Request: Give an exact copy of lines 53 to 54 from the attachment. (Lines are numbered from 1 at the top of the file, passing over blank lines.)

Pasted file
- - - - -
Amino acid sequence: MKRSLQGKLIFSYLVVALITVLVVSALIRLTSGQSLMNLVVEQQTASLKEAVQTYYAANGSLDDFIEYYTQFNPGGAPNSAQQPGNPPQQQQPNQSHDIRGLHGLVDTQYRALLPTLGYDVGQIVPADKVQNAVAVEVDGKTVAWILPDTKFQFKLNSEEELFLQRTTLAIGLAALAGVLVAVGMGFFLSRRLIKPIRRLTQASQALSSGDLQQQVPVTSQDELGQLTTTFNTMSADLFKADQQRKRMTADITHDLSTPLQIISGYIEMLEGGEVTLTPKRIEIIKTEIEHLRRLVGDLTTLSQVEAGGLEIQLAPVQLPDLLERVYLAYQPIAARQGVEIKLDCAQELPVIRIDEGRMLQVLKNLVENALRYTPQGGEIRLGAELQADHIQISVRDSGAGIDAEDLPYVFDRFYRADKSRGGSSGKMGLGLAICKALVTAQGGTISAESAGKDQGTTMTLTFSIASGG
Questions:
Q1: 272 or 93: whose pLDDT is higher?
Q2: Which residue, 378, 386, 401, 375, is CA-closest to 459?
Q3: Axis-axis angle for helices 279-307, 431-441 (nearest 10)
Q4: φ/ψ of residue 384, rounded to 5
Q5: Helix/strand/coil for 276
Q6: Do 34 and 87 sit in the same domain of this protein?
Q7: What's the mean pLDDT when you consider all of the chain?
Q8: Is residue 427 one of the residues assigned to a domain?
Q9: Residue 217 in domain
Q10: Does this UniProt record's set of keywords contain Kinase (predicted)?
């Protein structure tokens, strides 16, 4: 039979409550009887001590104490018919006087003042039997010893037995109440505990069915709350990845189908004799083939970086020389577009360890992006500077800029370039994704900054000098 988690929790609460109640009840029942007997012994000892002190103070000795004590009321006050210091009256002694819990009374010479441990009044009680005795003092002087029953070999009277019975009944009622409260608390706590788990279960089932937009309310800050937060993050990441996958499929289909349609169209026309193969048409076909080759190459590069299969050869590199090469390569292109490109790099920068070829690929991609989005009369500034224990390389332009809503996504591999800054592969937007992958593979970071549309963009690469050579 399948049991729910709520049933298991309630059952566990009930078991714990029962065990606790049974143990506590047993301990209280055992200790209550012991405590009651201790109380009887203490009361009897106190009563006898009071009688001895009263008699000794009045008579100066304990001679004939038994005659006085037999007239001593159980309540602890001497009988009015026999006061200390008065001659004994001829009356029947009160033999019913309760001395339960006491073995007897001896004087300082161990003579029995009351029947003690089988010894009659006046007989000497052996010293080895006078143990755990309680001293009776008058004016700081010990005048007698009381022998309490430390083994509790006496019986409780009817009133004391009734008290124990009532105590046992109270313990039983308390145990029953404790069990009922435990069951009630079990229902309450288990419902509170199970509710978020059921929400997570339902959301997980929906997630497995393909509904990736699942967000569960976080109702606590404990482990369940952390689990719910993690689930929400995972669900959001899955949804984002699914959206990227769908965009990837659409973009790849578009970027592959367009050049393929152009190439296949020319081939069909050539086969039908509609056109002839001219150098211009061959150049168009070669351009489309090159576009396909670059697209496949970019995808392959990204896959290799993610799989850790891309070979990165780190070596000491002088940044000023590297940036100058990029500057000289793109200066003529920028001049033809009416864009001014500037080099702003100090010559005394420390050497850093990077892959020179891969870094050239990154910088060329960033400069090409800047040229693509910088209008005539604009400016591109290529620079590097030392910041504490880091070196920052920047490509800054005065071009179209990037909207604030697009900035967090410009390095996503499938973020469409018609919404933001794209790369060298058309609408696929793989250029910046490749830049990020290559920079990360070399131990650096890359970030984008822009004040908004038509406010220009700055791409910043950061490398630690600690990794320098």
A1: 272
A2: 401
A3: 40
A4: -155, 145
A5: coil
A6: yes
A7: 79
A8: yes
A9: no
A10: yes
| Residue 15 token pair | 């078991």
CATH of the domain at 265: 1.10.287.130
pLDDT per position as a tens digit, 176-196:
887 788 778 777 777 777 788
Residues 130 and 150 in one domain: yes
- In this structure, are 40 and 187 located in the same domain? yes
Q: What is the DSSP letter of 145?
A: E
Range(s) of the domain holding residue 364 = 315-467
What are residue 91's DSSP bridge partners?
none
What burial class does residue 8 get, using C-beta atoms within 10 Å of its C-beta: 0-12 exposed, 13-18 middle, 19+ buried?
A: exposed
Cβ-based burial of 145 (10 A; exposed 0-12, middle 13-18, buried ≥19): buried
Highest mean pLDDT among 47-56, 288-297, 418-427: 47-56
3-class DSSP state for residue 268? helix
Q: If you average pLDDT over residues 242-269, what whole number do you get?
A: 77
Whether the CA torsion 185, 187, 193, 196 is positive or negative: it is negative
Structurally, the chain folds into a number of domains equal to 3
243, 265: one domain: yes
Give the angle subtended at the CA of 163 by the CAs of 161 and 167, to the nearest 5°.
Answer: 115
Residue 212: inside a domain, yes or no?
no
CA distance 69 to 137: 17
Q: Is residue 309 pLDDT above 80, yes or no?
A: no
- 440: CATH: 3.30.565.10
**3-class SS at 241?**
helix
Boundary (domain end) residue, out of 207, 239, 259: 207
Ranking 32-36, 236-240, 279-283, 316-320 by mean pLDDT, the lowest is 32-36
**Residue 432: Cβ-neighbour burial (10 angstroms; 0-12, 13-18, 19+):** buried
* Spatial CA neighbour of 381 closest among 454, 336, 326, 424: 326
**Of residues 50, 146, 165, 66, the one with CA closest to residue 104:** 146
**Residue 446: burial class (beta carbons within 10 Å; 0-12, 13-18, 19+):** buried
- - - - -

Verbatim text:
**3-class SS at 241?**
helix